When did Britain’s top diplomat go to the White House?


An article on the UK’s Telegraph website that mentions “David Cameron” on its front page has attracted more than 60,000 views.

“Theresa May” has been mentioned more than a million times on Twitter since being first mentioned on the site on May 17, the day after she took office, according to Twitter analytics.

The article is written by an academic who uses the pseudonym Dr. Rami Naeem.

The title is in a context that includes the word “cameron” or “prime minister.”

The article has received more than 3,000 comments on Twitter, according on the platform.

It has also been retweeted more than 1,500 times.

In the last two weeks, it has been read on Twitter more than 17,000 times.

The Telegraph article is part of a wider trend on Twitter that has seen the term “prime minster” used by British politicians, including the late Prime Minister Margaret Thatcher.

The term “caviar” is used by journalists who work for news outlets such as the BBC, the BBC World Service and the Associated Press.

It is used to describe the British government as an “elite” government that has become the “gold standard” for the rest of the world.

“Cameron has a reputation for being the kind of politician who will go to Washington, D.C., to lobby on behalf of British interests,” said Nick Mavropoulos, the head of the Middle East and North Africa Programme at the UK-based think tank Chatham House.

“He’s the one that will go there on behalf, I suppose, of the United Kingdom.”

The use of the term by British officials to refer to the British prime minister comes as the British public is still mourning the death of the late Labour leader Tony Blair.

In an article on Tuesday, the UK Daily Mail, an online newspaper based in the UK, quoted an unnamed senior British official who said Cameron’s role as prime minister has been a source of “churning controversy” in Britain.

The Daily Mail article was written by the editor in chief of the Daily Telegraph, George Eustice.

It cited Eustices comments in which he said: “I don’t know if you’ve heard, but in Britain, a lot of people are calling for Cameron to go to D.D.C. to lobby the US administration.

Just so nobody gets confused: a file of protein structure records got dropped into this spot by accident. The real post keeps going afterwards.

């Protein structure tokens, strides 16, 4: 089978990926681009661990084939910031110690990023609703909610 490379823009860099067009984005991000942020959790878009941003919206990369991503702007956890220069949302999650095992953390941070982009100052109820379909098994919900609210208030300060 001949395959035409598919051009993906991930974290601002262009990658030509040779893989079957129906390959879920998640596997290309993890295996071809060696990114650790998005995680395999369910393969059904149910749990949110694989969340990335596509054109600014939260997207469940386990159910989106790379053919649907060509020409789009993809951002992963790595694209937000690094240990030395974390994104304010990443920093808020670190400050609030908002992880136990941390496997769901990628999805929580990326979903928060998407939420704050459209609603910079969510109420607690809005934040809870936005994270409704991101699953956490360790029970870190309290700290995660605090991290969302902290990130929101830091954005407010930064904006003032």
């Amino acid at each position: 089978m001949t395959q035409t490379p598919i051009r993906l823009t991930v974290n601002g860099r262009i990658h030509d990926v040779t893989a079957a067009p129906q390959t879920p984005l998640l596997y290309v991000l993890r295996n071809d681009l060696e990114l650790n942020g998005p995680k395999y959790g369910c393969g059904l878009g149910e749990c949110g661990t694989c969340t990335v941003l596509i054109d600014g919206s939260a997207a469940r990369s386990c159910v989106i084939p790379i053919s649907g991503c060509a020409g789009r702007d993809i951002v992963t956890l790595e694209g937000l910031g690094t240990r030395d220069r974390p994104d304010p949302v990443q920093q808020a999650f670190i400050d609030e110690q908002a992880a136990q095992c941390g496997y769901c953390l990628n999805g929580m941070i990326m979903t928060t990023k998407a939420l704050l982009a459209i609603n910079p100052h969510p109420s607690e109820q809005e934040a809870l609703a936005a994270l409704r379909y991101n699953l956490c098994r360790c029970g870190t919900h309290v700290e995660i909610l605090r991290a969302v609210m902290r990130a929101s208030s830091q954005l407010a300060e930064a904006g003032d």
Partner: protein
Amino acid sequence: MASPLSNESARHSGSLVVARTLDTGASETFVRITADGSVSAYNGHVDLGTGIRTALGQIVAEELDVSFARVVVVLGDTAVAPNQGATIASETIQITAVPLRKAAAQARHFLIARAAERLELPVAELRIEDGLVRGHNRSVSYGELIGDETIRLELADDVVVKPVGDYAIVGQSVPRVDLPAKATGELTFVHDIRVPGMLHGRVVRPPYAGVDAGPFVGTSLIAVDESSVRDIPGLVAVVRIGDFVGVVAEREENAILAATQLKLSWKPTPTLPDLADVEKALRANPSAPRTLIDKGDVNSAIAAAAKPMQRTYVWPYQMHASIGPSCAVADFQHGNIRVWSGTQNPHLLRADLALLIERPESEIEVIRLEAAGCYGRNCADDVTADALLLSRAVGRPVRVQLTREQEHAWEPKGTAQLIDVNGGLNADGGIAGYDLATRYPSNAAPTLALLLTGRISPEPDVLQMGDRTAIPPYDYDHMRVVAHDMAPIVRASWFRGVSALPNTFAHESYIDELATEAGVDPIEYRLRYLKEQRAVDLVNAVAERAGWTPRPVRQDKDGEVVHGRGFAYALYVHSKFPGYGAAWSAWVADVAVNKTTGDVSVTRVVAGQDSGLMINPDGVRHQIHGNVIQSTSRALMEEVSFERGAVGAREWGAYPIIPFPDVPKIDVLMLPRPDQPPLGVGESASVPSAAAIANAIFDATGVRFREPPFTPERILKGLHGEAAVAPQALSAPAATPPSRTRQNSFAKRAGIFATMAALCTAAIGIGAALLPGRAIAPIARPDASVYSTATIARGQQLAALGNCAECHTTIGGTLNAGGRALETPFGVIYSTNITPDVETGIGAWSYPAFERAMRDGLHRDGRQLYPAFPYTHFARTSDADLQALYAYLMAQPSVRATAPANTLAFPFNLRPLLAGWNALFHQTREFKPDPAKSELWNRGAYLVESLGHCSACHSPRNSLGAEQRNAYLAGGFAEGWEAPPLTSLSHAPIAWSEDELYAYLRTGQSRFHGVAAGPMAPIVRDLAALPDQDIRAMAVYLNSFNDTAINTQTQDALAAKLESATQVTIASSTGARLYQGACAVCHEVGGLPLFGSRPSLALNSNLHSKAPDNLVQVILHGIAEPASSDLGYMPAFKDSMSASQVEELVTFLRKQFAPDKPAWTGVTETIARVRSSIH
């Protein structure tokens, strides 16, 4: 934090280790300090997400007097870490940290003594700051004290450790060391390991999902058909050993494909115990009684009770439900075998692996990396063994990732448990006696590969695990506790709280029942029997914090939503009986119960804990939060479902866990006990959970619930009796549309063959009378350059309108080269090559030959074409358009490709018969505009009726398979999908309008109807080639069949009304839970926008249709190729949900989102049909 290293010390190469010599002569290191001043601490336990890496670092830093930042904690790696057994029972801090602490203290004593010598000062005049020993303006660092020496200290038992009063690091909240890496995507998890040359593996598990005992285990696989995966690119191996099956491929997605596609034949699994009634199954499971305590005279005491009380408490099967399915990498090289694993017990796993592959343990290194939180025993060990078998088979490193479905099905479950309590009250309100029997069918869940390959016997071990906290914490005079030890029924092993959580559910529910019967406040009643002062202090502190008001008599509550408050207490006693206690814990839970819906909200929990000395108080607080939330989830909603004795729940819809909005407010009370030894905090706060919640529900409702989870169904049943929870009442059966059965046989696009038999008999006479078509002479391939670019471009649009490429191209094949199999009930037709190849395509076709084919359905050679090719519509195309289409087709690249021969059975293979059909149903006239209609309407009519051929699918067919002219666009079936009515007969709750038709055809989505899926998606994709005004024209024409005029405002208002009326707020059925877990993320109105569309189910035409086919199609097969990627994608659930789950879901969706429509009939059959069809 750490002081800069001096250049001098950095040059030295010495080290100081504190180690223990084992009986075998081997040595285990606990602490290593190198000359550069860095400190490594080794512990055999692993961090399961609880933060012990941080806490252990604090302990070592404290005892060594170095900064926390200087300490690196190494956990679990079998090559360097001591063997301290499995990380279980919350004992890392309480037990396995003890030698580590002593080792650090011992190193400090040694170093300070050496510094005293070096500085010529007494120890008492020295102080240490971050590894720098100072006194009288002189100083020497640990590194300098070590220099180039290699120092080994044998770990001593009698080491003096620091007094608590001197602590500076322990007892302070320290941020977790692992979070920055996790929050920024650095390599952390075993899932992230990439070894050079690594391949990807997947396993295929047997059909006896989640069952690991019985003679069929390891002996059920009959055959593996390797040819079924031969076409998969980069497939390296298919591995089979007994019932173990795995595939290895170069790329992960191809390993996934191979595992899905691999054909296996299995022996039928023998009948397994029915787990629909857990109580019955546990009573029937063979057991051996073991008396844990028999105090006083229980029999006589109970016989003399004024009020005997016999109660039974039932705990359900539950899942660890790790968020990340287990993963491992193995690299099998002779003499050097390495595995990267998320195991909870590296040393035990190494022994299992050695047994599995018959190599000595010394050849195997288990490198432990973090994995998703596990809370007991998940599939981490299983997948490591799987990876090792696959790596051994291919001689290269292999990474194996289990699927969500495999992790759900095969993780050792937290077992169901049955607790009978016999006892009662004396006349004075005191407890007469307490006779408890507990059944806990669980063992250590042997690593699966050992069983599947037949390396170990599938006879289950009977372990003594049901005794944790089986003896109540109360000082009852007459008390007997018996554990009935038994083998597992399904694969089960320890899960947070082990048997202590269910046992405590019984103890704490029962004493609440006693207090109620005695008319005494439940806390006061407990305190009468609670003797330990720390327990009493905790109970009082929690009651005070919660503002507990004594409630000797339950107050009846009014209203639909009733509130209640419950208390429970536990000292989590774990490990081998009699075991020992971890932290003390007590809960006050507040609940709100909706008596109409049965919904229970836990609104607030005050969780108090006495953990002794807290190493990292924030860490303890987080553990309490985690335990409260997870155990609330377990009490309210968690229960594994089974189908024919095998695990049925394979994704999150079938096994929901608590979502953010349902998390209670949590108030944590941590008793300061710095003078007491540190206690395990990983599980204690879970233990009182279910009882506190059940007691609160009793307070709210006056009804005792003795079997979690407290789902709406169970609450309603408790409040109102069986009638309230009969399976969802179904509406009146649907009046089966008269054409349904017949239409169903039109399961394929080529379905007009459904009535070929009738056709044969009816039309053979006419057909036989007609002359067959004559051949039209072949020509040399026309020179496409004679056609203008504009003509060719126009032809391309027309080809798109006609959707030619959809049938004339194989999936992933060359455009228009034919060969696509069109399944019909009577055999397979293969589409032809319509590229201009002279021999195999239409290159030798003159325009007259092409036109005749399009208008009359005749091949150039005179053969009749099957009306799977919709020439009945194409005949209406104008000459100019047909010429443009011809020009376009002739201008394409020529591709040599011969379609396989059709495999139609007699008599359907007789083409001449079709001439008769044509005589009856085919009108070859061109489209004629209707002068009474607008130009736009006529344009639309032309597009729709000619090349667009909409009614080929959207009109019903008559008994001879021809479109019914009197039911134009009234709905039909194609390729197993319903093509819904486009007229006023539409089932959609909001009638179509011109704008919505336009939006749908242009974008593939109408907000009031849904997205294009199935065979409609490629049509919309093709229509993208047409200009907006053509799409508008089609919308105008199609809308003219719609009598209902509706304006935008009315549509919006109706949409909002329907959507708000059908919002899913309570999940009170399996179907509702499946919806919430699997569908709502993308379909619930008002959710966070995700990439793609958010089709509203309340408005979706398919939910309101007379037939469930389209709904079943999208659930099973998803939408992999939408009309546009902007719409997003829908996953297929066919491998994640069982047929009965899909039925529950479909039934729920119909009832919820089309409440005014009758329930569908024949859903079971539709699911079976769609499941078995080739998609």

Cameron’s reputation as a politician who goes to Washington for the sake of Britain has been smeared.”

The Daily Telegraph article also cited a statement from a British government official, who said that “in the UK the Prime Minister is a prime minister who is a British citizen.

This is true in the United States too, as he is a citizen of the Commonwealth of Nations.

He has never been a US citizen.”

The Telegraph’s title is a reference to the fact that the UK is an independent country, and the article is not an official government statement.

The British government has been criticized for using a word that is often used in political debates, including to refer disparagingly to other countries, to describe Britain.

A report published by the Royal United Services Institute last year said that the use of “prime ministers” was a “poor choice” for referring to the country’s leaders.

A spokesperson for the UK government said that when British officials are asked about the use or misappropriation of words they are asked to “correct” them.

The spokesperson added that “the UK Government has no intention of changing the meaning of the words prime minister or prime minister” and “the use of any of the above-mentioned terms is an example of our longstanding tradition of ensuring a professional and respectful relationship between the British Government and its citizens.”

A spokesperson at Chatham Street, the non-profit think tank that advises the government on policy issues, said that while the word Prime Minister has been “incorrectly associated with the Prime Ministers office, the word is rarely used as it does not refer to a position.”